I’ve been following what was once the feel-good story of a small town Minnesota business on the heels of revolutionizing energy efficiency in buildings. However, after the company received taxpayer funds as part of a federal loan development program, the company was sold to a French-based company. What happened?
Sage Electrochromics of Faribault, Minn. developed “smart glass” for windows. Smart glass electronically tints glass to adjust to sunlight conditions resulting in energy reduction. In 2010, Sage received more than $31 million in tax credits to help this business grow.
Through government program funding, Sage CEO John Van Dine noted, “Global market potential and energy savings are enormous. Sage aspires to be a global leader in a new glass technology.” Fast-forward to 2012.
Two years after receiving tax credits through a largely inactive federal program, French glass and building materials giant Saint-Gobain bought-out Sage. While the factory will remain based in Faribault, Minn., Saint-Gobain took over the company— taking with them the technology and potential. And, one year after selling his stocks of Sage, CEO Van Dine stepped down to “focus on more charitable efforts.”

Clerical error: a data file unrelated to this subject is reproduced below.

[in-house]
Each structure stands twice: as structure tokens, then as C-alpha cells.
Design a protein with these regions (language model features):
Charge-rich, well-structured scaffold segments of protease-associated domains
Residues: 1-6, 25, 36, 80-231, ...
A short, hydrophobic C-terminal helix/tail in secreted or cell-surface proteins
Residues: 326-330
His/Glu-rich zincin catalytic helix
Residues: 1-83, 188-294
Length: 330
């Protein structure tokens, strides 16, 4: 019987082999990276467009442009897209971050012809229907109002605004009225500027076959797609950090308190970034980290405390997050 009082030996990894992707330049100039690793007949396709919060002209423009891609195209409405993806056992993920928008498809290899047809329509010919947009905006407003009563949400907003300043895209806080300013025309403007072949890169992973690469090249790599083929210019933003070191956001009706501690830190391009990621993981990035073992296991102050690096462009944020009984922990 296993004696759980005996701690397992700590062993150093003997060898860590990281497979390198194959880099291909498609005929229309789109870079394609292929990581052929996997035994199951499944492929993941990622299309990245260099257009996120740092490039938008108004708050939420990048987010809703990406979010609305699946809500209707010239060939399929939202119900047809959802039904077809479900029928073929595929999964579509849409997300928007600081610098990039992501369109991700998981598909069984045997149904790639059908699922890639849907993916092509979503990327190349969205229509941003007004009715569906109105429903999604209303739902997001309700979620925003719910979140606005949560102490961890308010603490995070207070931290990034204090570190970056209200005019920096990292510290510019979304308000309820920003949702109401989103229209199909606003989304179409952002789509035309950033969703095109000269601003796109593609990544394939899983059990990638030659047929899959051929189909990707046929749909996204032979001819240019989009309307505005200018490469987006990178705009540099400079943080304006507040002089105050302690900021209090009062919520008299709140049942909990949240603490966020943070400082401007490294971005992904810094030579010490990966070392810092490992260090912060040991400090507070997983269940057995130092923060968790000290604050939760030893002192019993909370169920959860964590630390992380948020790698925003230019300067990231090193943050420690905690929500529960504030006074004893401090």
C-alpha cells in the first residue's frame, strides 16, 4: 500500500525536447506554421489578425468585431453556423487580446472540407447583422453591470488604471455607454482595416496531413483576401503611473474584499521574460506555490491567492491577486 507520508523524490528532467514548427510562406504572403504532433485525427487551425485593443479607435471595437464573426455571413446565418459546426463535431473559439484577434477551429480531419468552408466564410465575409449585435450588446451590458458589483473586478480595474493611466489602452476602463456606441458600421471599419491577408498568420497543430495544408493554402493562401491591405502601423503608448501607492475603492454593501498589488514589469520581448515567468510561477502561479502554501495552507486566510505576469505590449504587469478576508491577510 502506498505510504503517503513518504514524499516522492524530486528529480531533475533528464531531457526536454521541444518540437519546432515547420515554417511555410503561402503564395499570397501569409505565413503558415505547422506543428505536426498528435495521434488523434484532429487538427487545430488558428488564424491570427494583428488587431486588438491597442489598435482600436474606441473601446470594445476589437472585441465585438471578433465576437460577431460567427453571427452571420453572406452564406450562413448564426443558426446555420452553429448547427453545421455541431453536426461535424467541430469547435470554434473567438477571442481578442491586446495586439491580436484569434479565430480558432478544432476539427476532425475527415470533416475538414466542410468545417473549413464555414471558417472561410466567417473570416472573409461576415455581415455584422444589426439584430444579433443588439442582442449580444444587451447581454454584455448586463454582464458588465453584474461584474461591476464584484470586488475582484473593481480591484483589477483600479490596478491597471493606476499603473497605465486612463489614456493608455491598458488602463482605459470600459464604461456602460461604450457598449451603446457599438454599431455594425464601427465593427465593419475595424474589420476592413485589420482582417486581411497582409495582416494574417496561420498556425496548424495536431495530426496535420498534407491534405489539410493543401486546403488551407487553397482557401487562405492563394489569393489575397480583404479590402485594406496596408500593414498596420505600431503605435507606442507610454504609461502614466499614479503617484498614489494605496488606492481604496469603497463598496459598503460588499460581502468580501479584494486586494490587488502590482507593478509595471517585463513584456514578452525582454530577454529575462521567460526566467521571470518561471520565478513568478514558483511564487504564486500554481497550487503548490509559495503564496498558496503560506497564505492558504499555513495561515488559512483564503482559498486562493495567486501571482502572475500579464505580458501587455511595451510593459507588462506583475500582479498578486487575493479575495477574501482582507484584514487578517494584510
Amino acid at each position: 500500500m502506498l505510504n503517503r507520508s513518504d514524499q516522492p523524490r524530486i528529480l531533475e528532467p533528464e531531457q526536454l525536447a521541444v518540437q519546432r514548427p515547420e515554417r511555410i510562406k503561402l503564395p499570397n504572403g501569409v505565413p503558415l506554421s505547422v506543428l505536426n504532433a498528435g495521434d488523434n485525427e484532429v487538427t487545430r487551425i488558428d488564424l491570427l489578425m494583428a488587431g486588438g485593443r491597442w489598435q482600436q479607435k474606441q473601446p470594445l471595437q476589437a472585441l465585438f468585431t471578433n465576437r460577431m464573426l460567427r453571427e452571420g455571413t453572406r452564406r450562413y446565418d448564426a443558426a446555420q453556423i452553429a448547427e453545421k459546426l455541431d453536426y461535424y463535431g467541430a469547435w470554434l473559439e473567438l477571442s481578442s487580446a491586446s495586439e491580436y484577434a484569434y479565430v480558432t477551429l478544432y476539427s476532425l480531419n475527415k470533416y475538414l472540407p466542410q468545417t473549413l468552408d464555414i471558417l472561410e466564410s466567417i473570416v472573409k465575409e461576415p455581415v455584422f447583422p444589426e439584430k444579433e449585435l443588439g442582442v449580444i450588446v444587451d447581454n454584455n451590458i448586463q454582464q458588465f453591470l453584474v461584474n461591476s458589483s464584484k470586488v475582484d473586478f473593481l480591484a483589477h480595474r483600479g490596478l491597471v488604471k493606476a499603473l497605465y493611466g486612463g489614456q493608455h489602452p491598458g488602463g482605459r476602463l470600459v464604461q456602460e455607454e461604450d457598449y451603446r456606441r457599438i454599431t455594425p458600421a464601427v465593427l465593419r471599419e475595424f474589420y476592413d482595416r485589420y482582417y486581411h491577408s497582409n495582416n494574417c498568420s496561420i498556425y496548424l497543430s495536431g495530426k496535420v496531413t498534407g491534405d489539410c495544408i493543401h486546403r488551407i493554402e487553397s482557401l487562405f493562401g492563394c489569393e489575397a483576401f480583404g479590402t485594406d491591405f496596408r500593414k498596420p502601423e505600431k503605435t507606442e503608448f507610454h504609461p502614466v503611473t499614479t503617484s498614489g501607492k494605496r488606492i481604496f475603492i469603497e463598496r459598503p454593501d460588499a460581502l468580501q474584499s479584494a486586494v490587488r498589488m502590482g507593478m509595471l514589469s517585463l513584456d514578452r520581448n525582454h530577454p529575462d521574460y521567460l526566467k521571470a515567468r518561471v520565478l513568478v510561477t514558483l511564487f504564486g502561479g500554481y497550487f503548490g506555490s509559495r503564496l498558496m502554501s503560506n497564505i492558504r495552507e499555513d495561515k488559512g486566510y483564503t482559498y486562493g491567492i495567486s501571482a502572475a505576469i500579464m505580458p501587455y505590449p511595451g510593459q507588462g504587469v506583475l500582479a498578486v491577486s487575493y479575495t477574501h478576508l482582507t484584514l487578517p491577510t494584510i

The short of it, the government dumped millions into a taxpayer-funded program that failed. It was supposed to position a small Minnesota-based company as a global leader. Instead, the government provided tax credits to a company that is now owned by a French manufacturing giant.
And, it hits home.
The Mall of America recently announced that SageGlass panels will cover several thousand square feet of skylight space at the mall’s new entrance. With the company’s expansion now complete mostly due to federal support, it has the “capability to meet most architectural needs,” according to Derek Malmquist, a marketer for Sage Electrochromics. What does this mean? Big government spending has cost taxpayers millions, and has paved the way for a French-based company to use American technology and tools to gain global leadership and profits.